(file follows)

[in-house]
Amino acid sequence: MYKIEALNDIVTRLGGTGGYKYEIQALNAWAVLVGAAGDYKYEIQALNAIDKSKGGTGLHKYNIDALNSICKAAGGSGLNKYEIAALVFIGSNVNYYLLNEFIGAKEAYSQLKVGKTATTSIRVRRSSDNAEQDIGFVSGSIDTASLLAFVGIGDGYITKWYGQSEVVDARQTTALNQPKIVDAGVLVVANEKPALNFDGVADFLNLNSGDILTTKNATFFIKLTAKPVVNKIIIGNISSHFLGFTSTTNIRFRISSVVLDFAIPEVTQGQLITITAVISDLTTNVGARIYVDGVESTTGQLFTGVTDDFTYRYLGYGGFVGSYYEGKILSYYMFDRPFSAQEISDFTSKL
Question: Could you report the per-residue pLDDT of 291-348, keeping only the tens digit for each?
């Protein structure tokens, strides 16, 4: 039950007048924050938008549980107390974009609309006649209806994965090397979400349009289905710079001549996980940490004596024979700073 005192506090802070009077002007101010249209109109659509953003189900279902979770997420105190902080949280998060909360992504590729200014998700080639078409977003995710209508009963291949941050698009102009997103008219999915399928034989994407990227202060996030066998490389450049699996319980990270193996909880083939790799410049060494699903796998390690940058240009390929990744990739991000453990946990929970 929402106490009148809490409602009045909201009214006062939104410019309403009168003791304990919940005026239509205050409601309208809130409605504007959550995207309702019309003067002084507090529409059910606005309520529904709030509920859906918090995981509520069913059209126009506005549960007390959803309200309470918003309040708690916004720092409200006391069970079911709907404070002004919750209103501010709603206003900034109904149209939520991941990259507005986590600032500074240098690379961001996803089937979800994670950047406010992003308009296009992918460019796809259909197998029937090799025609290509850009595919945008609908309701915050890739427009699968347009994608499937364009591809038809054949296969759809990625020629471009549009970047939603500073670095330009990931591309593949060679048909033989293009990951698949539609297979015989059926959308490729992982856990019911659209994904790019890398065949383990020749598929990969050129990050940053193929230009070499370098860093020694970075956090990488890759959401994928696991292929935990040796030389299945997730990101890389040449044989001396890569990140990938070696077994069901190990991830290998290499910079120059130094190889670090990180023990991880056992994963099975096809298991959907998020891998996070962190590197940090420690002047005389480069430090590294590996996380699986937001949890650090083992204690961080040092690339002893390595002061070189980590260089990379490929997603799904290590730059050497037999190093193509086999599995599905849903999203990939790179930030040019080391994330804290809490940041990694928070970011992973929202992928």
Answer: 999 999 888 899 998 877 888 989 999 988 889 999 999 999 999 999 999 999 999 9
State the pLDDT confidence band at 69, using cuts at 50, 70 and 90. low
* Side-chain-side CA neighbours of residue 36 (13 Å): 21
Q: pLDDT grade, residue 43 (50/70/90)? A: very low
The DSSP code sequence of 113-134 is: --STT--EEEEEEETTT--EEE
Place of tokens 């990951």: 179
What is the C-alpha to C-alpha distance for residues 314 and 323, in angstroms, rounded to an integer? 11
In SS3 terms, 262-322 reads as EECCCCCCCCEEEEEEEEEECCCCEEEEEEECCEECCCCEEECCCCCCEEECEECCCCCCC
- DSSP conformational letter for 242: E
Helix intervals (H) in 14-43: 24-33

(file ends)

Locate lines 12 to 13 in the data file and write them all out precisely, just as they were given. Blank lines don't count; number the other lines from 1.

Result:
In SS3 terms, 262-322 reads as EECCCCCCCCEEEEEEEEEECCCCEEEEEEECCEECCCCEEECCCCCCEEECEECCCCCCC
- DSSP conformational letter for 242: E